Tuesday, December 27, 2016

2016.12.27 XOI.X Cycle Model Chart

2016.12.27 XOI.X Cycle Model Chart

















The predictive curve shifted to the right, but the index also increased in magnitude so that that the Z-score is now much less than indicated in the previous month's chart. The previous iteration is shown below, which is also found here on the blog.

2016.11.26 XOI.X Cycle Model Chart





4 comments:

P Lopes said...

Paolo,

Thank you for your work! Your model has been very good with oil but has a habit of shifting to the right. What drives this shift and is it possible to predict more or less likelihood of a shift? Merry Christmas!

Pedro

P Lopes said...

Hola Paolo,

What input drives the shift in the model to the right? do you anticipate that it will persist? Merry Christmas!

Pedro

P Lopes said...

Paolo,

Thank you for sharing your work. Your model has done a fantastic job with this energy cycle. I've noticed that your model has shifted to the right in the last few iterations. What is driving the shift? Do you expect it to continue?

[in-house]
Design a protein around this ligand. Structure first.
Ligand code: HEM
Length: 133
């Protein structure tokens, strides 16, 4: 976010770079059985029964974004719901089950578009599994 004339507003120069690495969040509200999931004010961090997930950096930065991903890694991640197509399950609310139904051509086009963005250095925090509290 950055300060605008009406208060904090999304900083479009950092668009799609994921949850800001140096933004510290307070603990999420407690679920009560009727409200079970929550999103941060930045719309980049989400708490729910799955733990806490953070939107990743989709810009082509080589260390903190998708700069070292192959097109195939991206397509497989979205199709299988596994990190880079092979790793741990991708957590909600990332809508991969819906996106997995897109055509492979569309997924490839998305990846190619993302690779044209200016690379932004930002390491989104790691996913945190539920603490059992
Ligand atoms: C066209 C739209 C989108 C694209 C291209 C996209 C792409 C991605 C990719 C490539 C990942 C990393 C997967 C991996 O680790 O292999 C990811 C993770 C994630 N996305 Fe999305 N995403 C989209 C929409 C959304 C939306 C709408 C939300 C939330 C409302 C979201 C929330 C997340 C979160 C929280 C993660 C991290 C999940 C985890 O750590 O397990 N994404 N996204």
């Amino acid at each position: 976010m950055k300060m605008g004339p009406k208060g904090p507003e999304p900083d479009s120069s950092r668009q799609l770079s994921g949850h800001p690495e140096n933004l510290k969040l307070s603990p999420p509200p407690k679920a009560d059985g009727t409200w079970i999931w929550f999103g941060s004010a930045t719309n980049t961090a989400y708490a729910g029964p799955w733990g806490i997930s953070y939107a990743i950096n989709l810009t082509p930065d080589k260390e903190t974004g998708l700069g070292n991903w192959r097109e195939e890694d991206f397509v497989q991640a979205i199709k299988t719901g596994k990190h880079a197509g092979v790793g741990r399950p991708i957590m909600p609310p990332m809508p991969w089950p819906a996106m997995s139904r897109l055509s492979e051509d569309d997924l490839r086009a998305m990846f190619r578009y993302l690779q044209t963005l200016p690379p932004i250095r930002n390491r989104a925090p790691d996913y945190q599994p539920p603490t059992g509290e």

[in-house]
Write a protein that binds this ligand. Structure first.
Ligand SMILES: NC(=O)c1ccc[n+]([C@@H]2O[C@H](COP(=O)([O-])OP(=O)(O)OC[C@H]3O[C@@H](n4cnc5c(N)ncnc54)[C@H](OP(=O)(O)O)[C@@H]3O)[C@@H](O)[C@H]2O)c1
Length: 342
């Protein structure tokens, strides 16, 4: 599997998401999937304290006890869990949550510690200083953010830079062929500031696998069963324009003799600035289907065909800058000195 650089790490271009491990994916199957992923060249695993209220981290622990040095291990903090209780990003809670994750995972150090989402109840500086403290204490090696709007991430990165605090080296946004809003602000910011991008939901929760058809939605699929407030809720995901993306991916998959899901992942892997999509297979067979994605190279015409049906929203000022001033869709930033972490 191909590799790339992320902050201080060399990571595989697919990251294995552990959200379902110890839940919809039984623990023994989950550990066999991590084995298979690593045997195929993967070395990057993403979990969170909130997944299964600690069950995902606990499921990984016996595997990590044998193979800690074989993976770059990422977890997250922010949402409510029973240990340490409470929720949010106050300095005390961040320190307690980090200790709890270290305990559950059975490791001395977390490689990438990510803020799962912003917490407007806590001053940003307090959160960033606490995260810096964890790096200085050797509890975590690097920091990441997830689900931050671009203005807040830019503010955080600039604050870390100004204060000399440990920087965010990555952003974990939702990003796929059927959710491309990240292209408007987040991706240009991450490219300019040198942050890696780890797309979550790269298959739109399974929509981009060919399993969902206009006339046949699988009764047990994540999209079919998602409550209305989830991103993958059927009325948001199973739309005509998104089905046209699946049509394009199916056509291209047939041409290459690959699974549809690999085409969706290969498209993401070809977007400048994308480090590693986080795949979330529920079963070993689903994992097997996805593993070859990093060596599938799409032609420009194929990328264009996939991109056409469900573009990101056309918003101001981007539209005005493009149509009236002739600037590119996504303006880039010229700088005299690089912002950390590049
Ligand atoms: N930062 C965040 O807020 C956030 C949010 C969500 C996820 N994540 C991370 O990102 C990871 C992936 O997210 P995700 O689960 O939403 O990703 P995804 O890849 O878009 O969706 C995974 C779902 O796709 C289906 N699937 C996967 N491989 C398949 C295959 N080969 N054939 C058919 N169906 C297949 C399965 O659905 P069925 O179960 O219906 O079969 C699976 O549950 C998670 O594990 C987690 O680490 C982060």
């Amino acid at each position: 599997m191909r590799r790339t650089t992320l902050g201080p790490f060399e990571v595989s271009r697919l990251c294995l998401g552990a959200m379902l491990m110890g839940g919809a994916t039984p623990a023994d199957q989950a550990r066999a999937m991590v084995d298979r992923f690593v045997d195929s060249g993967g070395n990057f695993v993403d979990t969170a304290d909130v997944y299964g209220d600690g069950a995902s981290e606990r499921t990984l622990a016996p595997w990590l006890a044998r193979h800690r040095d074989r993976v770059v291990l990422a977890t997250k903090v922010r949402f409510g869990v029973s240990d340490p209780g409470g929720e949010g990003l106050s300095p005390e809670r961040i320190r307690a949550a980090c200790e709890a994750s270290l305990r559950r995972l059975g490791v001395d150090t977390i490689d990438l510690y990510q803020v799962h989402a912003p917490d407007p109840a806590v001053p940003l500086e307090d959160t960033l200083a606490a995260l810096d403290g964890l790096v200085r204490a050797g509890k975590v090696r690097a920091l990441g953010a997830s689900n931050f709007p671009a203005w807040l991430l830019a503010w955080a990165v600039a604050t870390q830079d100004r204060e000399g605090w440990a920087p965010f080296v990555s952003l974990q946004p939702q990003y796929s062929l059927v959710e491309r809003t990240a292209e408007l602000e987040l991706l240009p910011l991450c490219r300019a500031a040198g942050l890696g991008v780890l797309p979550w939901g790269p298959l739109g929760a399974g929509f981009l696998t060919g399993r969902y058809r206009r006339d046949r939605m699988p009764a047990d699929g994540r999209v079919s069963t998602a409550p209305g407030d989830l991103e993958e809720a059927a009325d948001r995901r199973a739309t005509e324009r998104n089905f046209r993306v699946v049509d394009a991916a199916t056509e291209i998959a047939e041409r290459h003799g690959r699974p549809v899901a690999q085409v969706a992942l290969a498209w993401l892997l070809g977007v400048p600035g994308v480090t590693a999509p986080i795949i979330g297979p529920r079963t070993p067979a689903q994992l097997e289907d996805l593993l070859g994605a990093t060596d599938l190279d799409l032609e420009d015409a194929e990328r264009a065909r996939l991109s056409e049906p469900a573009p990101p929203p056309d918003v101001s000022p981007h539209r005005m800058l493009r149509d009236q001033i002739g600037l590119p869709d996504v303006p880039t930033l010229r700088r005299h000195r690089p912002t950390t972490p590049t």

Thank you,

Pedro

Paolo said...

Hi Pedro, thanks for the interesting question.

I should define "phase shift" - which is when the predictive curve does not appreciably change in magnitude, but 'shifts' ahead in time compared to previous iterations. The shift occurs because there is error associated with the cycle parameters, one of which is phase, and by definition the model is minimizing overall error by adjusting the parameters. At some point, either the model catches up with reality, or the model breaks down, which usually means non-convergence.

These structural cycle models do not have any input except for the actual price data. Which is another way of admitting that unknown factors, an election, a bad winter, a new energy policy, etc. alter the actual price going forwards, and those factors are not taken into account by the cycle model that generates the predictive curve.

For short to intermediate trading, I use models that use not only the price level, but also the volume magnitude, and they are "free form" and not structured. Those models adapt to "unknown" factors related to trading behavior, but unfortunately, in such a model, the resulting formulas from the neural net are not easily interpreted by humans! Also, the unknown trading factors change with time, so that a neural net model that worked for data from a year ago may not work for current data, hence the need to constantly regenerate them.

The cycle models are much simpler, and only provide a long-range view of price levels, if they are valid.